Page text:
I wanted to convince him that there was nothing wrong with my eyes. I wiped away my tears and smiled, which caused another sensation.
They conferred briefly, the doctor left, and I sat down to eat the second helping but with considerably diminished appetite.
I did, however, see that, disregarding their imperfections, I had much to thank them for. It occurred to me that my companion had not been able to pay for my clothes as I had run away and he, lest I should remain alone, had chosen to accompany me, exposing himself to the possibility of being pursued as a robber, and here, too, it was he who entertained me. I wanted to refund his expenses by any means possible.
I had already seen that he did not know our banknotes, but fortunately I had some gold and silver coins on me. I emptied my purse and handed over its contents to him. He turned the coins over and over, examined them thoroughly, and asked by signs what he should do with them. I repeatedly pointed towards the kitchen, but putting the money into his mouth and twisting his face in an imitation of chewing, he indicated that no meal could be produced from them. I did not exactly know whether it was his generosity that made him jest or whether he merely did not know our money at all. I tried to explain my intention but explanation was too difficult; finally I gave up, and returned the coins to my purse.
Now my guide beckoned to me; we stood up from the table and left. I expected him to drop the price of the dinner into some automatic machine. I intended to watch him carefully in order to seize an opportunity to explain my money in a_ more tangible way, but eventually I had to conclude that he did not pay here either. Now I was indeed full of curiosity as to their way of life, but there was no way of talking about it.
It was now about six o'clock in the evening. A sea of lights went up in the streets but so well shaded that we could proceed almost with no shadow. The light was neither yellow nor white, but like the sunshine: a diffusive, clean, quiet flood of light.
We might have walked for about ten minutes in traffic similar to that in the morning. I could scarcely make out the shapes of the cars slipping along, they disappeared so quickly. I had never seen so many strange cars. On one there was a long container with no driver to be seen, from another jib-arms rose high, from yet another an enormous metal mouth gaped forward; I also saw a car which had wheels on top so that it could run upside down as well.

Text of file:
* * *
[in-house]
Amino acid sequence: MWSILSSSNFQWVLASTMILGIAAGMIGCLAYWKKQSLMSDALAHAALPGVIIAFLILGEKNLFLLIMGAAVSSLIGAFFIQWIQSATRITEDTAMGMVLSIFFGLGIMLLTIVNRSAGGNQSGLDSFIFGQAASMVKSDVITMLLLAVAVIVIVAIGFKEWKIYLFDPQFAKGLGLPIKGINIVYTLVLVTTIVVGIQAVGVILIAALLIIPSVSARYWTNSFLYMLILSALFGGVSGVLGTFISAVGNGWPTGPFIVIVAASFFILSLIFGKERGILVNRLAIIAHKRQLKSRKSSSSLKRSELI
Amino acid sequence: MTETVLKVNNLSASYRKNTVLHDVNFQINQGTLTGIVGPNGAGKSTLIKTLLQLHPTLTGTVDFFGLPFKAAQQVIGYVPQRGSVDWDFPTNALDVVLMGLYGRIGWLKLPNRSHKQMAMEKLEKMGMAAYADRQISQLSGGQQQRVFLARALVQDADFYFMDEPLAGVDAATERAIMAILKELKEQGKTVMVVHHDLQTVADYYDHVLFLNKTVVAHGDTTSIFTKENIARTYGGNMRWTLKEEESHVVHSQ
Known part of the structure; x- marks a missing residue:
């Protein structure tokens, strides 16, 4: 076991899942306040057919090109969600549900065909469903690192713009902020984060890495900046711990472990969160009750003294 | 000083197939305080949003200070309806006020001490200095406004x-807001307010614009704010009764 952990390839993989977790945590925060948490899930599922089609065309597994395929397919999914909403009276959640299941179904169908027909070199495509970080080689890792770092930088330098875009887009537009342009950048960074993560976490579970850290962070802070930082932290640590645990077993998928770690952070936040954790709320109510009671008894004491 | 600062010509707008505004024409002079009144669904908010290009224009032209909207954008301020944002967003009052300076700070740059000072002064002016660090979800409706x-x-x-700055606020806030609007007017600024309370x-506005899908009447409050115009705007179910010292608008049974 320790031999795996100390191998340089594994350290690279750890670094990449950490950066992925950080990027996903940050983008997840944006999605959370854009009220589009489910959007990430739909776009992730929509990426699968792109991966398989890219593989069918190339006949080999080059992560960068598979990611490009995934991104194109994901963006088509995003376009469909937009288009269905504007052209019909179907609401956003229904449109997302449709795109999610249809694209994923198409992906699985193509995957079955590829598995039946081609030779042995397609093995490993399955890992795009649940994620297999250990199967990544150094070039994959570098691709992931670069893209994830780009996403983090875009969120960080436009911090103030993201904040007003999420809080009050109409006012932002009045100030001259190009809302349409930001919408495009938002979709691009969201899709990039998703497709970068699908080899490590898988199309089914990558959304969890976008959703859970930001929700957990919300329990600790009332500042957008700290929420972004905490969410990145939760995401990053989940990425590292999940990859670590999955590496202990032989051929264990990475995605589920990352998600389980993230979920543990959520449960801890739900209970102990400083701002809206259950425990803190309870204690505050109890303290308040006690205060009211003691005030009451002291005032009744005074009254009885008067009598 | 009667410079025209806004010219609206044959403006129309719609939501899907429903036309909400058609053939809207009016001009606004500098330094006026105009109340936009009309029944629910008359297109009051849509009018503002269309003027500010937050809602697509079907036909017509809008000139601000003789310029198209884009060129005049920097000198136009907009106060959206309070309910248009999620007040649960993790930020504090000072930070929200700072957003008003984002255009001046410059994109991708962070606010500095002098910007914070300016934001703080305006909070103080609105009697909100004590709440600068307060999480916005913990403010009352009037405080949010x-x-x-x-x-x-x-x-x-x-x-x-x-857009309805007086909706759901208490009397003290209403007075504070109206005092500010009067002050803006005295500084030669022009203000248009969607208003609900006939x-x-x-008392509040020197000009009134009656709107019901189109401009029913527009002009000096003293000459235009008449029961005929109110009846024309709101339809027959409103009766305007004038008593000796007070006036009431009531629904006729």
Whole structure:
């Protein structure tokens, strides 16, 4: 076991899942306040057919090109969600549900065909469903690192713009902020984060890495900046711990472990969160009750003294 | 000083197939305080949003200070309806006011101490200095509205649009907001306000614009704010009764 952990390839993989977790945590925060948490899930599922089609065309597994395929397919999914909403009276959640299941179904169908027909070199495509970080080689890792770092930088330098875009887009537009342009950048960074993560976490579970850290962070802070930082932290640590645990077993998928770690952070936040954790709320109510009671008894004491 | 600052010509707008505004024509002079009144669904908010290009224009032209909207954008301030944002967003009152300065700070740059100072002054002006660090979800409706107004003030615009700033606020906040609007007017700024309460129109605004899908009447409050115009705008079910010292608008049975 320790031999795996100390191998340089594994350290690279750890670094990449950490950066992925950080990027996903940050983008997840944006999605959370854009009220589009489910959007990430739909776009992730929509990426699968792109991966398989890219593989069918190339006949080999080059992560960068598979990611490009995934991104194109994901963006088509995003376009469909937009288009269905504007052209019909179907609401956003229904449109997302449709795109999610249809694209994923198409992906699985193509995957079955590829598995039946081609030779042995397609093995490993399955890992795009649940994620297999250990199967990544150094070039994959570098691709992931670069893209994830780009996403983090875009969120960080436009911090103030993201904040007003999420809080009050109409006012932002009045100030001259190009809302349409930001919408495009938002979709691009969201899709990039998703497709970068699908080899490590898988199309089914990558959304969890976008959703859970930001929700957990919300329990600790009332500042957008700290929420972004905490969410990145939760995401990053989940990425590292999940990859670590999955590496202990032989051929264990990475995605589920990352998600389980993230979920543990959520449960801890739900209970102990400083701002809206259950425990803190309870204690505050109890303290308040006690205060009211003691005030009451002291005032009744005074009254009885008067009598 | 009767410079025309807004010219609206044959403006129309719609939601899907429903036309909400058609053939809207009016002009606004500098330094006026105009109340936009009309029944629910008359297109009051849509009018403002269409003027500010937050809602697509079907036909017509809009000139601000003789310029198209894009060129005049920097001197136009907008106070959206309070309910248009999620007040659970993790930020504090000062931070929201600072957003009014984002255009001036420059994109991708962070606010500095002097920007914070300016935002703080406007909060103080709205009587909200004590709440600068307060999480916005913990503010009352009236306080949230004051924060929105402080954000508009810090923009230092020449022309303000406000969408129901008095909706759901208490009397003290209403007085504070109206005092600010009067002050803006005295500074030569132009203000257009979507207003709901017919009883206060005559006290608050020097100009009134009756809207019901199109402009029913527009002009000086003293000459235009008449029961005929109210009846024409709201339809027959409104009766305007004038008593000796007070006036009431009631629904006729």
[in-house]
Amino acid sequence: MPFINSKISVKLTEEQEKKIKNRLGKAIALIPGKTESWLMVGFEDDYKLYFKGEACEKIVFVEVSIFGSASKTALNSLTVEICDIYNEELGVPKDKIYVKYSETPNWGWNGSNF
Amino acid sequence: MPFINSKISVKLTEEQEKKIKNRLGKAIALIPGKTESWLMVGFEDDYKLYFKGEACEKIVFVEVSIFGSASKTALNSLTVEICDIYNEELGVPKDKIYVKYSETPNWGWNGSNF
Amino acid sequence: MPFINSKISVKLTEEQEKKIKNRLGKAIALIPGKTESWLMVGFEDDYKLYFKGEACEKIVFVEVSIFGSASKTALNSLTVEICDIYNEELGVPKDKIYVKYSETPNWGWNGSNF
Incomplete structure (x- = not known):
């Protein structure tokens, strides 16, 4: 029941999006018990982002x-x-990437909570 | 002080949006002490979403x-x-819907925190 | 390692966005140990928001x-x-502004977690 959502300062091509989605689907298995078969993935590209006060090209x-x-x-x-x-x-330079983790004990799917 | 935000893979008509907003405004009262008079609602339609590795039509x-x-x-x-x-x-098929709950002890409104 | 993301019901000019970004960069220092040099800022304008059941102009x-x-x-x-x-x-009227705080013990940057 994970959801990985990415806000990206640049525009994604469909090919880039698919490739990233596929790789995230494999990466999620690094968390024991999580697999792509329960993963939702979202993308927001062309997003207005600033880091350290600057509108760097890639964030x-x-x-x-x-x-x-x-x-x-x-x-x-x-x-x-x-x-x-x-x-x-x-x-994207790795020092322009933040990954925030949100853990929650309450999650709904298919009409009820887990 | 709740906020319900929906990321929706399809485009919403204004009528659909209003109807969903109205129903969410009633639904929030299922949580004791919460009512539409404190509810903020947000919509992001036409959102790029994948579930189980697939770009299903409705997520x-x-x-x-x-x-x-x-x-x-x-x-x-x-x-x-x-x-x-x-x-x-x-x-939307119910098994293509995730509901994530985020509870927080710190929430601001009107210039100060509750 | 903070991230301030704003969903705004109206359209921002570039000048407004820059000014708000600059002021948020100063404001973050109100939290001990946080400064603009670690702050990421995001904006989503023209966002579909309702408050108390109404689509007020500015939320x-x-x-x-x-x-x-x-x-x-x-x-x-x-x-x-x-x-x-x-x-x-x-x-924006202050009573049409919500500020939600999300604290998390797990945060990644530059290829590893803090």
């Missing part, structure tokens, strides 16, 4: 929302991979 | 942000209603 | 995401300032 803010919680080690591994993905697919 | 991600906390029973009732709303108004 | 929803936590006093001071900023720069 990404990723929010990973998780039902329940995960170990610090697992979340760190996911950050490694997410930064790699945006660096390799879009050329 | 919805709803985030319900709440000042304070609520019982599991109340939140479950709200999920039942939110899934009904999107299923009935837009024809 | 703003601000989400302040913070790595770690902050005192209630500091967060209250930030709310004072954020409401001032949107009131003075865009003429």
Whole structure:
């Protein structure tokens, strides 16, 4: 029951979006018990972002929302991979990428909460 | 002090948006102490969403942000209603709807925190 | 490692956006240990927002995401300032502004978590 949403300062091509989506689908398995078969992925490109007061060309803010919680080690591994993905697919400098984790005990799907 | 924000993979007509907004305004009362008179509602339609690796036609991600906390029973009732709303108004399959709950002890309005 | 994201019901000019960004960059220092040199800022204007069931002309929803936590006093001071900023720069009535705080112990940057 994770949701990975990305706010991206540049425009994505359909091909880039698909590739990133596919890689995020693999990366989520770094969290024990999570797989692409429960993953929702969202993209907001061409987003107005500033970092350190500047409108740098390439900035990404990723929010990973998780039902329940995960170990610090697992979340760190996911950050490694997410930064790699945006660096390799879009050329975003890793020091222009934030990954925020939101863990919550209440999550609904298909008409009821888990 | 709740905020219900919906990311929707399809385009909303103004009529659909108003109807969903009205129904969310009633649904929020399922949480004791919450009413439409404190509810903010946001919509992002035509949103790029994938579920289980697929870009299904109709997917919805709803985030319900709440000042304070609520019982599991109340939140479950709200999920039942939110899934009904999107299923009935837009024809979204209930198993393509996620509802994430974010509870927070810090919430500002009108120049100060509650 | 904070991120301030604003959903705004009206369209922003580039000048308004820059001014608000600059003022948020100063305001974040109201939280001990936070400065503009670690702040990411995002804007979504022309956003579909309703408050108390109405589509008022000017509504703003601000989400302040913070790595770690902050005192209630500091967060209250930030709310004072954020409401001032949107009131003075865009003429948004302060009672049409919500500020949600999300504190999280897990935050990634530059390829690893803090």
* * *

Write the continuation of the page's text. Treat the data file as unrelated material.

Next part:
Sometimes a big torpedo-like body drifted over us, closely following a wire but without touching it. The men on the silent roadways, in soundless shoes; the vehicles, if possible still more soundless; but all were rushing. This mute witches' dance of machines curiously deprived me of my sense of security, as if there were no force of gravity, only the swish of weightless movement.
The whole had an effect on me as if all of this did not really exist, or at least as if there were no pillars to support it. And the faces, too, were so strangely unfamiliar: from their unusual proportions emanated goodwill and a repellent inaccessibility.
Suddenly I thought of my comrades with whom I had spent so many pleasant evenings in the club, and who were perhaps now resting at the bottom of the ocean in their watery grave. My heart sank and I felt a desperate need for a living being, a friend to whom I could talk warmly and relate my impressions of these people. I had the strange feeling that they were not alive. As if behind this terrible perfection there was no substance.
And, as we were walking, a further feeling arose in me. It gradually took possession of me, although concerning its nature I was not as yet able to give an exact account to myself.
I felt I would welcome the opportunity to throw myself before an altar and to cry. But why? I had no idea! It was interesting that whereas at home I could not have been said to be overreligious, now I suddenly felt I understood the whole genesis of religion and the roots of it hiding within us. I looked for a church where I could pour out my heart without having doctors gape at my tears.